In a time when nurses of all ethnicity and cultural backgrounds are needed to care for an equally diverse population of patients, the health care community is also working to create more diversity in the nursing workforce.
There are some groups which contend that the more ethnically diverse a nursing workforce is in a community, the fewer discrepancies exist in patient care. This would, of course, be difficult to prove, but nevertheless, the current supply of nurses is being shored up for the upcoming projected nursing shortage, by any means possible.
Nursing schools are doing their best to recruit instructors so they can accept and graduate more students. Another strategy is bringing in nurses from other countries as a way of filling staffing gaps while also attempting to diversify America’s nursing workforce.
The challenge with this strategy is that, just because a nurse from overseas shares the same root ethnicity as specific populations here in the states, it does not mean that they share the same culture. For instance, nurses from Latin American countries do not necessarily represent an exact cultural match to the broad range of Hispanic American populations and African does not mean African American. The beauty of culture is often found in its depth and diversity.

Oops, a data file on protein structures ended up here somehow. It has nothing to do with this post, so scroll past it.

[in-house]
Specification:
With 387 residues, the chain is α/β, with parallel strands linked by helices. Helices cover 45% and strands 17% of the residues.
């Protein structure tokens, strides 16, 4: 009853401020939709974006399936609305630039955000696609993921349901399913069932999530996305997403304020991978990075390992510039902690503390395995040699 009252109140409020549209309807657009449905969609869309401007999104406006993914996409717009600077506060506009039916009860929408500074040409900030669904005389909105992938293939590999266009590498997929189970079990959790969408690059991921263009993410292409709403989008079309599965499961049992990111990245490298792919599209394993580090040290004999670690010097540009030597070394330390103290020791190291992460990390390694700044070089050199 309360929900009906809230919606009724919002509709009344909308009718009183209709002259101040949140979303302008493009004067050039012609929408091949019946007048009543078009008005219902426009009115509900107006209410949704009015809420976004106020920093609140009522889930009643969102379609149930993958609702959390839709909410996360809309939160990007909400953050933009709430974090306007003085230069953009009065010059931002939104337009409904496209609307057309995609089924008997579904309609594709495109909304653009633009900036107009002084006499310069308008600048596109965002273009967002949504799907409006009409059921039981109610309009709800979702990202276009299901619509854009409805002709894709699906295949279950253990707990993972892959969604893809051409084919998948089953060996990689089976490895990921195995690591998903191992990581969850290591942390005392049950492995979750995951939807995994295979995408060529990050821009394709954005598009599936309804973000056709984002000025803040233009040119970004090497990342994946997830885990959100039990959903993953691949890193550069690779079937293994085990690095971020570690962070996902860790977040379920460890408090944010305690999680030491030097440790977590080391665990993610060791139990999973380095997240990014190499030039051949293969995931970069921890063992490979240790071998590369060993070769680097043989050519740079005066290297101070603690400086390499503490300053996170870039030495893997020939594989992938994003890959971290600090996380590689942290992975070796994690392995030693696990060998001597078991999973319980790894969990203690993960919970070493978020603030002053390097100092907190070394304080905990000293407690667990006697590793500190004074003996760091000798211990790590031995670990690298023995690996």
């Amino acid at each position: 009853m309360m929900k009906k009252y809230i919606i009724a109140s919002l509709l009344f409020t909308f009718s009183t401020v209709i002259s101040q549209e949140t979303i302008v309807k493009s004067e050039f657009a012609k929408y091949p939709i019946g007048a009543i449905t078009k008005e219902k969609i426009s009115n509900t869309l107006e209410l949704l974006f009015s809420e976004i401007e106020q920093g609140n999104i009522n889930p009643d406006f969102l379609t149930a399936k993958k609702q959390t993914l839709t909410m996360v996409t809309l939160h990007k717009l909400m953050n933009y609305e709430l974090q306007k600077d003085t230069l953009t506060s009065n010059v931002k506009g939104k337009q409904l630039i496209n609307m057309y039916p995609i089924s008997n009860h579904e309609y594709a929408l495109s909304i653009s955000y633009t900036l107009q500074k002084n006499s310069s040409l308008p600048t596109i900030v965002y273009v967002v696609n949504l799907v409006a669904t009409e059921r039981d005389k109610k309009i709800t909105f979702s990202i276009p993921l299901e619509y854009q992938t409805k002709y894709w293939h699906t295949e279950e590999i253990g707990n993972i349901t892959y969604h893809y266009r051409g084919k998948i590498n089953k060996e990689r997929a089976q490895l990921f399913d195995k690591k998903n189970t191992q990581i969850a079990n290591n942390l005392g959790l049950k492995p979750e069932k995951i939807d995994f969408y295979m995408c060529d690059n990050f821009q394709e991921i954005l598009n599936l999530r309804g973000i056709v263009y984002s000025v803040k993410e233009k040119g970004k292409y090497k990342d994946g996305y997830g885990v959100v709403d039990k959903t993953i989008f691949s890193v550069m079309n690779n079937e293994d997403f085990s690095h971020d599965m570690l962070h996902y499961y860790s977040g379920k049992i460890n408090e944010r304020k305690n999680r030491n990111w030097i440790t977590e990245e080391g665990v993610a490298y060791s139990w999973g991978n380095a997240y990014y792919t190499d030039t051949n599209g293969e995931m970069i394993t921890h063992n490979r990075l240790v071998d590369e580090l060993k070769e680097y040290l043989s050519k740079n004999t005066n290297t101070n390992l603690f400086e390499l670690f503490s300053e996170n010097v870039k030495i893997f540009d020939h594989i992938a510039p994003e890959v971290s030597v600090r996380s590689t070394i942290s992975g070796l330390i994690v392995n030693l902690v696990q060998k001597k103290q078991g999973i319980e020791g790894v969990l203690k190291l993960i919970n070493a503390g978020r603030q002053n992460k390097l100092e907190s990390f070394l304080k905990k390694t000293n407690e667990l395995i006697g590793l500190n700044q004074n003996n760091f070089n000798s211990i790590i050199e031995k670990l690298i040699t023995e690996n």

Since nurses have the most direct contact and communication with patients, cultural awareness is a very important part of nursing care. Creating a diverse nursing workforce is certainly an admirable goal, but no matter what your culture or ethnicity is, there are ways you can provide culturally competent care to all your patients.
First, there is the cultural awareness that comes from understanding your own culture and any biases of other cultures. Second, there is the basic information about the cultures in your community and work area that you can establish by doing your homework. Finally there are the cultural factors that impact the care that you offer your patients, such as religion, home remedies, communication, family roles, personal space and food preferences that vary by culture.
In an ideal world, our health care system could boast a nursing workforce packed with skilled, compassionate, competent and diverse nurses that represent America’s equally diverse population. As our health care system works to buffer the population of current and future nurses, it is fortunate that all nurses can add cultural awareness to their existing list of talents.